Nevada law outlines different types of warrants, two of which could allow law enforcement officers to take you into custody at almost any moment. If you are the subject of an arrest warrant or a bench warrant, you could be arrested while at work, home, or on vacation. Additionally, search warrants could be issued allowing police to comb through your personal belongings for potential evidence.
If a warrant has been issued for your arrest or to search your property, it is important to know your rights and options when dealing with the documents. Having an educated and efficient criminal defense lawyer could make the difference in your case.
Warrants should always be taken seriously. If you are the subject of a warrant, contact Las Vegas warrant lawyer Jeffrey Jaeger to begin working to resolve the situation. An arrest warrant could mean being placed behind bars at any time. Jeffrey can help you take a proactive approach to the situation, resolving it before it creates more issues.
The Law Offices of Jeffrey Jaeger represents clients throughout Clark County, including those in Las Vegas, North Las Vegas, and Henderson. Call (702) 816-3888 to schedule a free initial consultation. Jeffrey can review your case and discuss possible options with you. You do not have to endure the process alone.
If a person fails to comply with the orders of the court, such as missing a scheduled court date, a bench warrant could be issued. This type of warrant is issued by a judge and authorizes law enforcement officers to take the person into custody.
These are sometimes referred to as "failure to appear warrants." However, they can be issued as a result of other scenarios, including:
Once a warrant is issued, the information is added to a national database that law enforcement officers can access. This means if you are stopped for a traffic offense in another state while on vacation and officers detect a warrant, they can arrest you. This could happen even if no other criminal act was committed at the time of the stop.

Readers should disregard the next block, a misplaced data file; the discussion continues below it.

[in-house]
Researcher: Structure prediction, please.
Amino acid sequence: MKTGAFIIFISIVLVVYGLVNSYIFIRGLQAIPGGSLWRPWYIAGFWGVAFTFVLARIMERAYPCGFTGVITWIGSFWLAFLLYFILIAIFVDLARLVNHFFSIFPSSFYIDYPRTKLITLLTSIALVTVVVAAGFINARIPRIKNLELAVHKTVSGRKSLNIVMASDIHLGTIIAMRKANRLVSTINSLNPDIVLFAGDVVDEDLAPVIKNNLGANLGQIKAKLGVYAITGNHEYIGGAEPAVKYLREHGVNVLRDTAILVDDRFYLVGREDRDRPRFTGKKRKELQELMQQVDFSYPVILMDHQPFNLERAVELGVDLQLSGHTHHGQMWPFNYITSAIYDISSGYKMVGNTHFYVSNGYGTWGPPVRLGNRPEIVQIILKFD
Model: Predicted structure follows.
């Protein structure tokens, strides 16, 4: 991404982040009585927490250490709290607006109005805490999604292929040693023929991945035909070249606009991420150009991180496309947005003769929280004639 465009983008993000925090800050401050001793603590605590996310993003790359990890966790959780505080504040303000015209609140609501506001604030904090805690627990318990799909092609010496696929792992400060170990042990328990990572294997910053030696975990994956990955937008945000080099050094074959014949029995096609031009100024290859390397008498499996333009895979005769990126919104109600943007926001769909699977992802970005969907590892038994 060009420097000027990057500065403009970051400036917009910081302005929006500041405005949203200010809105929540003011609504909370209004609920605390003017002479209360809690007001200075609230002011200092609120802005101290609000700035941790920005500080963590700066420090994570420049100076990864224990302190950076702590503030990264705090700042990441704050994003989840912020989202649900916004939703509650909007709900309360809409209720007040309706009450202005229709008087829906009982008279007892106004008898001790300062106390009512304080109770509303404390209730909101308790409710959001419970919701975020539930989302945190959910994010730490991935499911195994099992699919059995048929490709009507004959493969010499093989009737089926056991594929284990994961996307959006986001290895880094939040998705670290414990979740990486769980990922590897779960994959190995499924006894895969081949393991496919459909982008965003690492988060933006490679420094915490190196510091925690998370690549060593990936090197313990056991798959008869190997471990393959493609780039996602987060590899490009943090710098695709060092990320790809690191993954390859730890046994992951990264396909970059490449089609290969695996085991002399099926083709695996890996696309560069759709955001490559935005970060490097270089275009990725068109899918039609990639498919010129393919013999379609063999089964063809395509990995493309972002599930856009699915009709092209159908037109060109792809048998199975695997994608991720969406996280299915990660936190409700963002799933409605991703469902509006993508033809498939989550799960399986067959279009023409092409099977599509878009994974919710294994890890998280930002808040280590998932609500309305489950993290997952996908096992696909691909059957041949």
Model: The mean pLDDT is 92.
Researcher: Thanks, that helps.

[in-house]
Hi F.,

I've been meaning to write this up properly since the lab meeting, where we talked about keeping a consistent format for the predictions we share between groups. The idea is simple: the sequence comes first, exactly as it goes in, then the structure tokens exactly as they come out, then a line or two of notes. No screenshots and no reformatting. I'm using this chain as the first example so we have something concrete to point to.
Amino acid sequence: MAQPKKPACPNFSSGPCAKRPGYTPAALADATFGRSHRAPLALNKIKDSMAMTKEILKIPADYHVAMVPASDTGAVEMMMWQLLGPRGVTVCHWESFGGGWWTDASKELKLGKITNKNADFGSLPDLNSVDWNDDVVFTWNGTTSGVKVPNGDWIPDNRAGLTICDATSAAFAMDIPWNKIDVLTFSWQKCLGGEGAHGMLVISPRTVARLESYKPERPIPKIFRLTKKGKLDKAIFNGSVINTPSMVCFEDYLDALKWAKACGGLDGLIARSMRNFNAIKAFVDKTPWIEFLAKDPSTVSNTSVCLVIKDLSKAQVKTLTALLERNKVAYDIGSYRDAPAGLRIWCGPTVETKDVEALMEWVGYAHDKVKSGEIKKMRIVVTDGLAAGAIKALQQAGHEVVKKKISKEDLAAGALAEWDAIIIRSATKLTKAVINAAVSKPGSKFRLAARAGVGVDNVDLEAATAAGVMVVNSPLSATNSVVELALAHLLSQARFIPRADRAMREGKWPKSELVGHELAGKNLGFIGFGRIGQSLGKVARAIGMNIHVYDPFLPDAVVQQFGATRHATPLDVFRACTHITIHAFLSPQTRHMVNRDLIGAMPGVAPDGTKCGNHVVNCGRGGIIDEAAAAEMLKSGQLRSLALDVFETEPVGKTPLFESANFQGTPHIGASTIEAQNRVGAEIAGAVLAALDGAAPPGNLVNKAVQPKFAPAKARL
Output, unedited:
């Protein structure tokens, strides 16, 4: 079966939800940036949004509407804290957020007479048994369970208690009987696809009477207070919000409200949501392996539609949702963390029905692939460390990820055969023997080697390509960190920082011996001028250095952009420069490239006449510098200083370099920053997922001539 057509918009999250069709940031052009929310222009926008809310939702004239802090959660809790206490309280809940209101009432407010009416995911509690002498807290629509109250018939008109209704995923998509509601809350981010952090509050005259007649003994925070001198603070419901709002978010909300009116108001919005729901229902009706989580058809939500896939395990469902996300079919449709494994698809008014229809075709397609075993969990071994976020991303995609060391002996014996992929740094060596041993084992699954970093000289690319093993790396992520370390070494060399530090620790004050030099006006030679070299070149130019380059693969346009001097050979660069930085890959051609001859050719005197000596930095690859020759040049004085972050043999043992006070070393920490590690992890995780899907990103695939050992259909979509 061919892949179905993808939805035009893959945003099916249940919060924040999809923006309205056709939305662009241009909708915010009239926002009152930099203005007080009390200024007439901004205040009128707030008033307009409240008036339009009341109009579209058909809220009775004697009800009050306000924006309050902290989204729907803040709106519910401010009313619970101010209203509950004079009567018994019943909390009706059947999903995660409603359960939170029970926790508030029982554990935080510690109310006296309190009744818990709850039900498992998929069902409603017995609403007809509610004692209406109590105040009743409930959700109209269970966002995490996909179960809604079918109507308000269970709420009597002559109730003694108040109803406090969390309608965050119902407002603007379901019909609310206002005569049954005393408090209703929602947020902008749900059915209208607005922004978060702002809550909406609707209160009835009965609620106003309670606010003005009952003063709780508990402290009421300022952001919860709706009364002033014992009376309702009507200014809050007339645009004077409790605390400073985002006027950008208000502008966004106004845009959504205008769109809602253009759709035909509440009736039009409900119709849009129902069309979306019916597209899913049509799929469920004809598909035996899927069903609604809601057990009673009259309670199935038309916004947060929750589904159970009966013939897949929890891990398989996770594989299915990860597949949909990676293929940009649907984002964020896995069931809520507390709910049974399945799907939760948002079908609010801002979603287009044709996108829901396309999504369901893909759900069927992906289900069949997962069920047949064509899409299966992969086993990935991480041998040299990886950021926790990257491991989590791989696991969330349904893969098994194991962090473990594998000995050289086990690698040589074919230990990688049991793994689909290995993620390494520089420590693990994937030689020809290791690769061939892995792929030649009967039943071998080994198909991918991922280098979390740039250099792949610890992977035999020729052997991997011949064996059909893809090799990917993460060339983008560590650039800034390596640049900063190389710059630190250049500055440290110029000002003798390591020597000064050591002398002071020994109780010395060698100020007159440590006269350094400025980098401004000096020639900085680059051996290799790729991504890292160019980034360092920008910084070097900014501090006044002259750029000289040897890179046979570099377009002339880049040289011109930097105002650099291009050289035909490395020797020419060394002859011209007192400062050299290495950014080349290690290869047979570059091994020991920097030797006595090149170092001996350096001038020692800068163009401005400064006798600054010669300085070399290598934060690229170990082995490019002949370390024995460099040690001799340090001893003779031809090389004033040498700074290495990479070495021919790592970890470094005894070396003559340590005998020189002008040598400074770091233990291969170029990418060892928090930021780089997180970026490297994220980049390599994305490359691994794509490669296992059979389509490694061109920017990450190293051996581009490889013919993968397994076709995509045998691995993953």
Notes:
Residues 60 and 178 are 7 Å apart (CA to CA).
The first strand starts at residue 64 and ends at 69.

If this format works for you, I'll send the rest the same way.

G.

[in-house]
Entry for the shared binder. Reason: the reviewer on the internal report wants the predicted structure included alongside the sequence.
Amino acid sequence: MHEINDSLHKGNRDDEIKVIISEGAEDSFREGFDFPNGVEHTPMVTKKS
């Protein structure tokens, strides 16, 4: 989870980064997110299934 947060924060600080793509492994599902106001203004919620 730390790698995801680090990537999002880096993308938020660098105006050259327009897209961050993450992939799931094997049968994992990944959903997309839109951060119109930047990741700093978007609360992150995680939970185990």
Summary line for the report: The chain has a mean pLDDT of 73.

If you are the subject of a bench warrant, you could live in constant fear of being arrested. You should contact an attorney who can appear on your behalf in court and file a motion to quash the warrant.
Law enforcement officers can seek an arrest warrant for a person if there is probable cause to believe he or she committed a criminal offense, according to Nevada Revised Statute 171.106. An arrest warrant can also be issued if an alleged offender has been indicted by a grand jury or the district attorney's office files a criminal complaint.
According to Nevada Revised Statute 171.108, the contents of an arrest warrant in Nevada must include the following information:
An arrest warrant could be executed by arresting the person at nearly any time. An officer could arrest the person even if he or she did not have a physical copy of the arrest warrant. However, it must be shown to the alleged offender as soon as possible. These warrants can be carried out when a person is at home, at work, or nearly anywhere else.
If you know there is a warrant for your arrest, it would be wise to resolve the warrant before it leads to an arrest in front of family, friends, coworkers, and others. A criminal defense attorney will help you make the best possible decision regarding the warrant.
Another type of warrant that could be issued is a search warrant. Instead of calling for the arrest of a certain person, a search warrant authorizes police to search a specified area of that person's home or place of employment in an attempt to find evidence of a crime.
According to Nevada Revised Statute 179.035, a search warrant may be issued to search for and seize any property that is:
A judge issues a search warrant, and it must be directed to a peace officer in the county in which it would be executed. It must state the grounds or probable cause for its issuance and the names of the people whose affidavits have been taken in support. It must also direct that it be served between 7 a.m. to 7 p.m., unless another time frame is directed.
The warrant must be executed and returned within 10 days after its date, according to Nevada Revised Statute 179.075. The officer taking property under the warrant is required to present a copy of the warrant to the property owner and a receipt for the property that is taken.
The return of the warrant should be done promptly and it should be accompanied by a written inventory of any property taken, according to state law. The inventory should be done in the presence of the property owner or in the presence of another credible person. It then should be verified by the officer.
Las Vegas Warrant Search: This link allows citizens to search for warrants. Citizens can look up information about defendants, as well as print and view wanted posters.
Las Vegas Municipal Court: This link can be used to view cases, post bail for someone in the Las Vegas City Jail, research bond information, view payment history, and more.
Being the subject of a bench, arrest, or search warrant can feel overwhelming. However, you do not have to endure the process alone. Contact Las Vegas warrant lawyer Jeffrey Jaeger for educated and effective legal counsel. The Law Offices of Jeffrey Jaeger can help you protect your rights throughout the process. Call (702) 816-3888 today.
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